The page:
The whole issue of crop sensors just doesn't ring true the way its discussed. It's as if a crop sensor just gives less.
I would like to offer the comment that "ALL' lenses give excess coverage. My 240mm symmar nearly covers 8x10 at infinity, yet it's rarely used that way. Why, well 8x10's are rare as hen's teeth compared to the 4x5 and secondly the lens changes in character as one focuses. The image circle enlarges as one focuses closer. So we're talking about surplus coverage. The 240 focused on a 8x10 at infinity suffers poor edges and light fall off. Sharpness is less than stellar at the edges(however on a contact print, its still #### good) as sharpness tends to fall off the further from the optical center. Pull the bellows out and the edges clean up nicely.
Using the same lens on a 4x5 is an entirely different issue, sharp edge to edge, plenty of coverage for tilt, shift etc. Its works well because we have "SURPLUS" quality (call it sharpness, resolution, contrast whatever). Using less than full coverage is common to all formats from mini to maxi. Therefore "all" cameras are crop camersa
Quality of a lens in most designs is a series of compromises, certainly cost being one of them and throughout history (mine anyway) we always expected lens quality/capability to fall off in the corners. The other corrolary is the center will be much sharper, in most HQ optics a "surplus" compared to the film/sensor( it took micro fine grain film to get a sense of ultimate resolution) so we were sensor (film) limited.
So as I read the MTF charts on teles and long normals, there is a nice distribution of lens quality, nearly out to the edge of the image circle. So if the lens has enough surplus to get all out of a sensor, what else is needed. Teles work fine for 35mmFF or DX with acceptable lens capability. Other factors dominate that part of the discussion, i.e. weight, aperture, etc.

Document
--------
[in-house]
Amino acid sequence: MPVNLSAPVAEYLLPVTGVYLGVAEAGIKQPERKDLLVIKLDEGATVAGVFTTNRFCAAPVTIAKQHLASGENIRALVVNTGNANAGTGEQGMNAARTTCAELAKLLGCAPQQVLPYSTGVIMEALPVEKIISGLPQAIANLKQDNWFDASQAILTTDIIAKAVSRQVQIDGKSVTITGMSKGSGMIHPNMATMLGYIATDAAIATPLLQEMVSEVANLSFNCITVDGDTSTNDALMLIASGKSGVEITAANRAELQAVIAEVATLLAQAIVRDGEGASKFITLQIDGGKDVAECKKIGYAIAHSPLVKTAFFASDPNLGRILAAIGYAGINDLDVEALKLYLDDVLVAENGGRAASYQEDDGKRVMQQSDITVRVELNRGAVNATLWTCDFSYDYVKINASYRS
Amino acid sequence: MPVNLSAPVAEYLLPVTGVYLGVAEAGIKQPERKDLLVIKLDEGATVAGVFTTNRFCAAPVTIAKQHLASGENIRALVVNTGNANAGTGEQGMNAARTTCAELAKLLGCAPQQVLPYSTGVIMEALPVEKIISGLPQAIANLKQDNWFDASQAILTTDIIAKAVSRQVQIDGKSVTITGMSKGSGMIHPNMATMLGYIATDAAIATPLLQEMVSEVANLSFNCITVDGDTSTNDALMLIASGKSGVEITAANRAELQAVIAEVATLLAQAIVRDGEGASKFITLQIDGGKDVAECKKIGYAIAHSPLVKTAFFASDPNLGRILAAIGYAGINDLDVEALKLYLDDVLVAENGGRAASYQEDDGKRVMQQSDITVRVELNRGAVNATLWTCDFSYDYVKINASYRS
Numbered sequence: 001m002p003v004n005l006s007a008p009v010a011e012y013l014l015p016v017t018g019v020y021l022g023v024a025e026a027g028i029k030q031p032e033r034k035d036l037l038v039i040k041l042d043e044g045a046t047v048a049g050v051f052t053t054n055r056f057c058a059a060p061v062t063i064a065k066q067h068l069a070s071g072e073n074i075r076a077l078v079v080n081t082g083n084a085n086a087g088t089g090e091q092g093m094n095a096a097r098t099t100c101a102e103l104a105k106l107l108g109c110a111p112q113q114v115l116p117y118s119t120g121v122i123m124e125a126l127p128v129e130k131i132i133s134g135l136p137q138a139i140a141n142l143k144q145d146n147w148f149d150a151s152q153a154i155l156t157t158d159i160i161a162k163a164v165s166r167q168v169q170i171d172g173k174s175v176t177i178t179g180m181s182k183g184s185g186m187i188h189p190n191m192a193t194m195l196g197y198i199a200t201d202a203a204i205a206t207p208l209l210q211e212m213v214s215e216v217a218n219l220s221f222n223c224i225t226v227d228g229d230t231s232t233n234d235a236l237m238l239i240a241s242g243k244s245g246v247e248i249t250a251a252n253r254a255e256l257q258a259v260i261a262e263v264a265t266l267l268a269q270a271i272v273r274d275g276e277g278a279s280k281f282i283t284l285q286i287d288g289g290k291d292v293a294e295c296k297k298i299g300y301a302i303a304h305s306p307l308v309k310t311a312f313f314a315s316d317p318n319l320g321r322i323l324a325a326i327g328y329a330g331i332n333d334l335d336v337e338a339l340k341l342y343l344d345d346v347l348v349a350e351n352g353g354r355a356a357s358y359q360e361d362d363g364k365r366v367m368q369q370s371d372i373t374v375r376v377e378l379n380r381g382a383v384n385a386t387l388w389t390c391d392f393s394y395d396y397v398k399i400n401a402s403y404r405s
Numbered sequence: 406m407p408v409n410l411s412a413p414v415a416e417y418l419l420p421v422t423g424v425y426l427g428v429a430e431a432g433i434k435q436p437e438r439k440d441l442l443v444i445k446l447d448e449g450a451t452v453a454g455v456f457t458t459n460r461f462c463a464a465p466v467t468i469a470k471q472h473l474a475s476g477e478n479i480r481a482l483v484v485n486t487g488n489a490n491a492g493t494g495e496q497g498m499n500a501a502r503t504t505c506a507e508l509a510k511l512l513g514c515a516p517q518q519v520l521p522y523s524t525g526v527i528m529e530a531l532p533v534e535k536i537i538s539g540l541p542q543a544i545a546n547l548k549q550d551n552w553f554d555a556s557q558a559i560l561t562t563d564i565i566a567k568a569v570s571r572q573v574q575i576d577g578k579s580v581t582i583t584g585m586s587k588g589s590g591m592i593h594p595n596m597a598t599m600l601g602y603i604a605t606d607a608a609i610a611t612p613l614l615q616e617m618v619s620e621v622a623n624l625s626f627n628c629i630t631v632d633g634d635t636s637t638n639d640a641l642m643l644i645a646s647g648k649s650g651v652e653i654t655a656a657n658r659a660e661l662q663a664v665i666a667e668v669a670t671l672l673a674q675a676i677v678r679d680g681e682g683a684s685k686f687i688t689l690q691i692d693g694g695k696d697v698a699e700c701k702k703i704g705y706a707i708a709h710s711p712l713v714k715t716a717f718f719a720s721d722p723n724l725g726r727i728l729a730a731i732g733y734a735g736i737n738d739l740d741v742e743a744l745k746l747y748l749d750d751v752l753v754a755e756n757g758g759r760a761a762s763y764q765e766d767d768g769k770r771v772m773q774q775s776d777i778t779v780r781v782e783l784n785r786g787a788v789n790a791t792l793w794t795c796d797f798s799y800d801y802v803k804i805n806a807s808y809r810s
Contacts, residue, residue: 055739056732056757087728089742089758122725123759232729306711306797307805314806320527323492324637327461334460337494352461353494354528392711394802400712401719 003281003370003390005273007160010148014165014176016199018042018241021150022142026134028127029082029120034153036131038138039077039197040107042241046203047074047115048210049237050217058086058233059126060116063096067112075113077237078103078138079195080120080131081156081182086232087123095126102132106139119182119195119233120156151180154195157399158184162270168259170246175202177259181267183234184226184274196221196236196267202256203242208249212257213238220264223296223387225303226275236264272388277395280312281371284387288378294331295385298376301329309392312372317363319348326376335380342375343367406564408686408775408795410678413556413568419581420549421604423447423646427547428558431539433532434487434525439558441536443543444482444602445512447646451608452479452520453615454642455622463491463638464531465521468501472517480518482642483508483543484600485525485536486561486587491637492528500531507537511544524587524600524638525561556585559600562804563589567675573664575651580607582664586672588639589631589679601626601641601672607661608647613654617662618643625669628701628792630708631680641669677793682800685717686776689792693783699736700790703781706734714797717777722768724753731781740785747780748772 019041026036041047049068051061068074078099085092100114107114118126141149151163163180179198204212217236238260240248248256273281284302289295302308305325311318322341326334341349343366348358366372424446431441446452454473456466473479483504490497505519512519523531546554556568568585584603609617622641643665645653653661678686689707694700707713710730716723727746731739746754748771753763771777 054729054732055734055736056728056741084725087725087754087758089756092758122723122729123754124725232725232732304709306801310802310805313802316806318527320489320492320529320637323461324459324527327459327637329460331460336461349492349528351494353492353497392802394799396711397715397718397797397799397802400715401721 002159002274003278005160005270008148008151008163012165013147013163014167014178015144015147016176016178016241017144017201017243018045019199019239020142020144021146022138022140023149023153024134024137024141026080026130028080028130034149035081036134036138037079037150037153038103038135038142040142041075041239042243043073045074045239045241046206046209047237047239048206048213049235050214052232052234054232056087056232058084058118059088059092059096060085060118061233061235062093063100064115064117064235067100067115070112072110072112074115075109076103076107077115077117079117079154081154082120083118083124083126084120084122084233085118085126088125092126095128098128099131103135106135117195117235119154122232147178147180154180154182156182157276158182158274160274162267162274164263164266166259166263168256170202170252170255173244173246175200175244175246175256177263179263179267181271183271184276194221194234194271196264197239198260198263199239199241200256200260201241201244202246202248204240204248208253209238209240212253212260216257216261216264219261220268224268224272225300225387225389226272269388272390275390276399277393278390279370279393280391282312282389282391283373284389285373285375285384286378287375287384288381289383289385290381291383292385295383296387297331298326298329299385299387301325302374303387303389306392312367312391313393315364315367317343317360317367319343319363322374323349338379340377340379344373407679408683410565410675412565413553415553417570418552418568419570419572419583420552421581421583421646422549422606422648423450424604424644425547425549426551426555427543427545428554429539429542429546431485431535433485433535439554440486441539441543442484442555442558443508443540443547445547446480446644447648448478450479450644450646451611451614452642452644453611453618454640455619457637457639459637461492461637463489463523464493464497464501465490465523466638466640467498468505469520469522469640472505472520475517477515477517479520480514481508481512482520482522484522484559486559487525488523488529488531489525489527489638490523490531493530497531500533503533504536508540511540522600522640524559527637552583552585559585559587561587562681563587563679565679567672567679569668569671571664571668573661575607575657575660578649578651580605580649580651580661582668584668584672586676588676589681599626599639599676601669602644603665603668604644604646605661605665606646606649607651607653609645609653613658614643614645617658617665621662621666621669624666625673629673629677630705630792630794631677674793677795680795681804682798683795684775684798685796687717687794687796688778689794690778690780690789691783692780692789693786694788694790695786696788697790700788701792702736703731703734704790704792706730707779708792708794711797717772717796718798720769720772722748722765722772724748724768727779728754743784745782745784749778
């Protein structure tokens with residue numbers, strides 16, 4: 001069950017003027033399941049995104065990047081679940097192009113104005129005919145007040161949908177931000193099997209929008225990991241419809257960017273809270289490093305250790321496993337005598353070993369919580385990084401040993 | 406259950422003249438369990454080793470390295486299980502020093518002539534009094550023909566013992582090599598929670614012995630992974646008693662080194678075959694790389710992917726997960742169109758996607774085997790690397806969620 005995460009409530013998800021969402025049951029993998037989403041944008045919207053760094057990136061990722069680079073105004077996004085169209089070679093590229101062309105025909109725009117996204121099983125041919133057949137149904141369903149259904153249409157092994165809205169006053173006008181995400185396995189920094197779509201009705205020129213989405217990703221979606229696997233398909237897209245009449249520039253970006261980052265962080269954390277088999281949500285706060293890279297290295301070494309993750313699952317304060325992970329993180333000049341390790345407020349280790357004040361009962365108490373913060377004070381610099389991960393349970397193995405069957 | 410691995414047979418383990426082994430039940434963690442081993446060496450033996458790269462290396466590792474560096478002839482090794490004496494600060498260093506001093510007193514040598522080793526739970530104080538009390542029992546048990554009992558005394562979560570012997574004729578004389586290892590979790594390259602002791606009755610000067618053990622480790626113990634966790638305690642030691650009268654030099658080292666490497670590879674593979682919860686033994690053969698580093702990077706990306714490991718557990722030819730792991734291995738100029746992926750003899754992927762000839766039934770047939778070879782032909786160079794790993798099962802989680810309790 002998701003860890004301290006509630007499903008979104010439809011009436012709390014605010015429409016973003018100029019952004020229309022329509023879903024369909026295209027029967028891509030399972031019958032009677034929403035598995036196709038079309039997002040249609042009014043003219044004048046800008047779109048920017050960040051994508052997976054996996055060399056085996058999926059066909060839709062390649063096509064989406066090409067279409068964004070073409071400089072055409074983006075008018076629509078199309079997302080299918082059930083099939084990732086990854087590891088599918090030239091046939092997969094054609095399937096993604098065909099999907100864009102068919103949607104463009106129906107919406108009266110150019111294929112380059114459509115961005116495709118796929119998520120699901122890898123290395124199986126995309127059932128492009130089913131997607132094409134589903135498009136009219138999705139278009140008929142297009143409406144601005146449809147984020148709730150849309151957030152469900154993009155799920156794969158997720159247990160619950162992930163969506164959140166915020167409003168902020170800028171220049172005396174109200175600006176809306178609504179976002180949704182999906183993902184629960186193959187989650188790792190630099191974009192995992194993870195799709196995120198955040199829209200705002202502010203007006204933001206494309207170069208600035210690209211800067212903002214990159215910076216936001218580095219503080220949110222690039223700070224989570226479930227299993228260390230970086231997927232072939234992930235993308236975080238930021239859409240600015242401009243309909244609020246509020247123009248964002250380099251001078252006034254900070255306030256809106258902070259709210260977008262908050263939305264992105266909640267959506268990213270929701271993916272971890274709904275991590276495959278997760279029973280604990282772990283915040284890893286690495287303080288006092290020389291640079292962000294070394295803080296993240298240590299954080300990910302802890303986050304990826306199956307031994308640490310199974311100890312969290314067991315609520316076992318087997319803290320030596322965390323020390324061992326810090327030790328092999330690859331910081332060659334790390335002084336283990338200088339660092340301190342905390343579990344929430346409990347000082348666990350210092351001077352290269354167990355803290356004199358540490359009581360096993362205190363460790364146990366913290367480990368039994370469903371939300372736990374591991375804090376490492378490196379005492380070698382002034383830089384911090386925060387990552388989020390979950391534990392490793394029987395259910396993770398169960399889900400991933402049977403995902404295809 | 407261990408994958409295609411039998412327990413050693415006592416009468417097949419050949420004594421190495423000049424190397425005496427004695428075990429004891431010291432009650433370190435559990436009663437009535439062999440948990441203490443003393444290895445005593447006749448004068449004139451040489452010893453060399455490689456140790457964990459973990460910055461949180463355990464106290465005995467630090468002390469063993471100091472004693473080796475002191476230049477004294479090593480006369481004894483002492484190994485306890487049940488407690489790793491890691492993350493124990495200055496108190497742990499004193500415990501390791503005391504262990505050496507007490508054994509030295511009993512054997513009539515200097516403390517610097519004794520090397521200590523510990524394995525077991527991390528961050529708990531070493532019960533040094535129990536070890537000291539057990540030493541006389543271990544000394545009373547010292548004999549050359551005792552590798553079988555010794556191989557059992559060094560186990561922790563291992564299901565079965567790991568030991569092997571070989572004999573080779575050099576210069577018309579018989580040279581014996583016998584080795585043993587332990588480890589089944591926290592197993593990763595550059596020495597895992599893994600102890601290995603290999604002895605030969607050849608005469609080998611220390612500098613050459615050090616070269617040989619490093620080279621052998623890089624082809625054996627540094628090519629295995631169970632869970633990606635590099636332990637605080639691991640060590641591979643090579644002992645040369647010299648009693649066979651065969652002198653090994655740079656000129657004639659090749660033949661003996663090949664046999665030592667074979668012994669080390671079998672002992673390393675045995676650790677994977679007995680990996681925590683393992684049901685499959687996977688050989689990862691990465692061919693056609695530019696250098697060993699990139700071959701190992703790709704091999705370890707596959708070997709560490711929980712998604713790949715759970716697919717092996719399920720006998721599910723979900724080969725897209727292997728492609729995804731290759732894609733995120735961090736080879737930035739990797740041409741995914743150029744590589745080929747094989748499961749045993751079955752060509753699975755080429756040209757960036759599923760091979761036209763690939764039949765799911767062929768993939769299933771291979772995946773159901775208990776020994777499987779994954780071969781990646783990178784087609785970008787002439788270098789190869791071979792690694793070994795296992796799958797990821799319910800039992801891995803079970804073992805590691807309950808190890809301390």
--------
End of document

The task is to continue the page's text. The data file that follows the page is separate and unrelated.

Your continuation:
Wides are another issue. High resolution 35mmFF are on the ragged edge as the sensors are now the limiting factor. It can be acceptable, but Canon doesn't currently have the solution and they are the only purveyer of FF cameras at present. Apparently Zeiss has a good design, at least from what I read, but now we're dealing with stop down metering, adaptors etc. Still it shows what can be done. All at great expense for the customer/fan of FF.
Smaller sensors with optimized lenses can equally/esentially work well. As long as the sensor and lens are designed to coexist well, an equally good solution is available. Wide angle 35mm lenses on Dx lose there wideness so DX lenses MUST be provided.
The point of all this is we are discussing issues already identified and solutions being worked on. It is not Canon (FF) vs Nikon (DX) & Canon (APS-C). Canon is in full frame, entirely due to marketing and image. The dollars generated are a drop in the sea compared to the vastness of their other enterprizes and formats. Pretty effective and many of you all are surely convinced.
Nikon has a more elegant solution from my perspective. High density sensors doing more are on the correct side of Moores Law not reducing the cost of silicon platters and chip yield.
In-camera processing is in it,s relative infancy and will make high density sensors much more capable going forward.
Some ask, why I have switched partys. I have been known to carry a brand C camera for 30+ years.
I like Nikon "Color" in the D2x. I prefer it over the competitors.
I had a ton of FD "L"'s that Canon obsoleted and I enjoy using older mf lenses. (I'm using 30yr old AIS Nikkors now)
The D2x has so much excess sharpness and enlargeablility that I wouldn't even concider a larger format camera at this point, that included FF35mm.
4x5 film still represents the ultimate in image quality at an affordable cost.
And DX will always provide acceptable quality at a lower lost or more features for the dollar.